Meet 110M Hurdler Jason Richardson

Insight into the track star's life and career

By Justin Hinton
|  Tuesday, Aug 7, 2012  |  Updated 11:27 AM CDT
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Meet 110M Hurdler Jason Richardson

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Jason Richardson celebrates after his run in the Men's 110 Meter Hurdles Semi-Final on day nine of the U.S. Olympic Track & Field Team Trials at the Hayward Field on June 30, 2012 in Eugene, Oregon.

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As the reigning world champion in the 110M hurdles, Cedar Hill's Jason Richardson looks to add another title to his biography -- Olympic champion.

He took advantage of that opportunity Tuesday with his first qualifying race. Richardson came in first in the second round of heats, crossing the finish line with a time of 13.33. He will move on to the semifinal in the 100m hurdles happening on Wednesday, Aug. 7, at 1:15 p.m. CST.

The 26-year-old now resides in Los Angeles, but calls Cedar Hill home. In an email interview, Richardson answered a few questions about his childhood, becoming an Olympic athlete, and his life and career:

On growing up in Cedar Hill:

"Life in Cedar Hill is the best. Having lived there all of my life, it's an interesting blend of rural and urban environments, but most of all, I get to call it home."

On his many personalities:

"Personally, I believe that we are the sum total of our experiences, and it's a disservice to put ourselves into a box.  I learned early on that I'm allowed to be whomever and whatever I want to be in life, including a basket case who hosts several personalities. I host a distinguished gentlemen who enjoys reading classics and cognac, an older white lady who loves The Golden Girls (my sister and I favorite show), a rebelling youth who itches at the ideas of authority, and a spandex-wearing Superhero who wants to save the world through track and field."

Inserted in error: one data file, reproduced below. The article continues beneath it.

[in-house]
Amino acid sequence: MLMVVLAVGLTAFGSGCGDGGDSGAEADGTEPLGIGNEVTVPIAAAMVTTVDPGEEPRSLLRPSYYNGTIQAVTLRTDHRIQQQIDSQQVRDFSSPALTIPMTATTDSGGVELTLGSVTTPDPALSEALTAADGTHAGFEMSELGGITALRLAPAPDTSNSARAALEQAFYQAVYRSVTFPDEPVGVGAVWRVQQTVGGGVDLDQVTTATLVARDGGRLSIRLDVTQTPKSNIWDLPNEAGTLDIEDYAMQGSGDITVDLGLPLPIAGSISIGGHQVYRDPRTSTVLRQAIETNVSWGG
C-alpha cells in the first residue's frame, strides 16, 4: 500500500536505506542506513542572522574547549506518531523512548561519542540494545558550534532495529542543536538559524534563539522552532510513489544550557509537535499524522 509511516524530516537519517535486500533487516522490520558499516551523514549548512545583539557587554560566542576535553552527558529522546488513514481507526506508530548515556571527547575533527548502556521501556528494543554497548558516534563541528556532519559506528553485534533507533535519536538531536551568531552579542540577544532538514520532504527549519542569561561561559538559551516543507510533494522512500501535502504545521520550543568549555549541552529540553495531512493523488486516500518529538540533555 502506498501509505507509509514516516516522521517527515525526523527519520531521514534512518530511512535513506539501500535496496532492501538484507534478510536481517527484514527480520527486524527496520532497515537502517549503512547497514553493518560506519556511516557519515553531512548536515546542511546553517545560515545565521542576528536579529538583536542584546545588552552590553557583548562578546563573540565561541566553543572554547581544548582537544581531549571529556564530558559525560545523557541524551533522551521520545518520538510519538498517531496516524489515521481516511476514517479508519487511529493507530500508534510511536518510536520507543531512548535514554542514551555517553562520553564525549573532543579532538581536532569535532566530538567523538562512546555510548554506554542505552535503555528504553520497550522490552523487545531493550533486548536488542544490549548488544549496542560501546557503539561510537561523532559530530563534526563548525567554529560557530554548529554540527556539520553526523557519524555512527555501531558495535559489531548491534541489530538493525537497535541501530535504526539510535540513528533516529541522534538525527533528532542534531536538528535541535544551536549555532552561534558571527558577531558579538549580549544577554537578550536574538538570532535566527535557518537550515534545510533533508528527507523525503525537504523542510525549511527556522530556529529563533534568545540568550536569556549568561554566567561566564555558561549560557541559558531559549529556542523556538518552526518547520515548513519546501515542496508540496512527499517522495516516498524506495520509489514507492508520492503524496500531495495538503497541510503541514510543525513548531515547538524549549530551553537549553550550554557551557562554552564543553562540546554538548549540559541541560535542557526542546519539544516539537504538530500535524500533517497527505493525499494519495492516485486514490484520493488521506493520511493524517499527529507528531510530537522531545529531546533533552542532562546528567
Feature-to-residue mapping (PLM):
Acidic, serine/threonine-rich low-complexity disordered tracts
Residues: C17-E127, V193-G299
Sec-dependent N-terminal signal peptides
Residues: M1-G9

On choosing the hurdles:

"I fell in love with hurdling because it is track and field -- the speed of track and the jumping of field.  What I loathe about hurdling can be answered by the battle wounds on my knees and shins.  Hurdling has unfortunately thwarted my plans of being a leg model. While others wanted to be ballistic sprinters, I wanted to defy gravity and full speed and become a hurdler."

On competing:

'I love the art of competing in and of itself.  The individuality of track and field means you live and die by your own efforts. I stand on the shoulders of a great family, coach, and faith and in the end my passion for competing has been a major player in my success."

On pre-meet rituals:

"I try to keep myself calm before the athletic storm through Gospel music and light meditation. My talent is a gift from God and what I do with those talents are my gifts to God."

On being an Olympian:

"The Olympics are the highest platform of our sport and to become an Olympian is a culmination of all the hard work that goes into being a professional athlete. To be an Olympian is to dream while being awake! When I'm a trillion years old, swinging on a southern porch, it will be these moments I'll share to my grandkids."

On finding inspiration:

"I draw from any and everything I come across. My family is incredibly supportive, so much so that they are the Richardson cornerstone, always in my corner and firm like stone. I'm also a faith-based runner who acknowledges the divinity in the athletic experiences. Lastly, my coach, John Smith, and my training partners all contribute to a championship culture that makes winning commonplace and not foreign."

You can watch the live stream competition of Richardson's 110M hurdle semifinal on Wednesday, Aug. 7, at 1:15 p.m. CST. 

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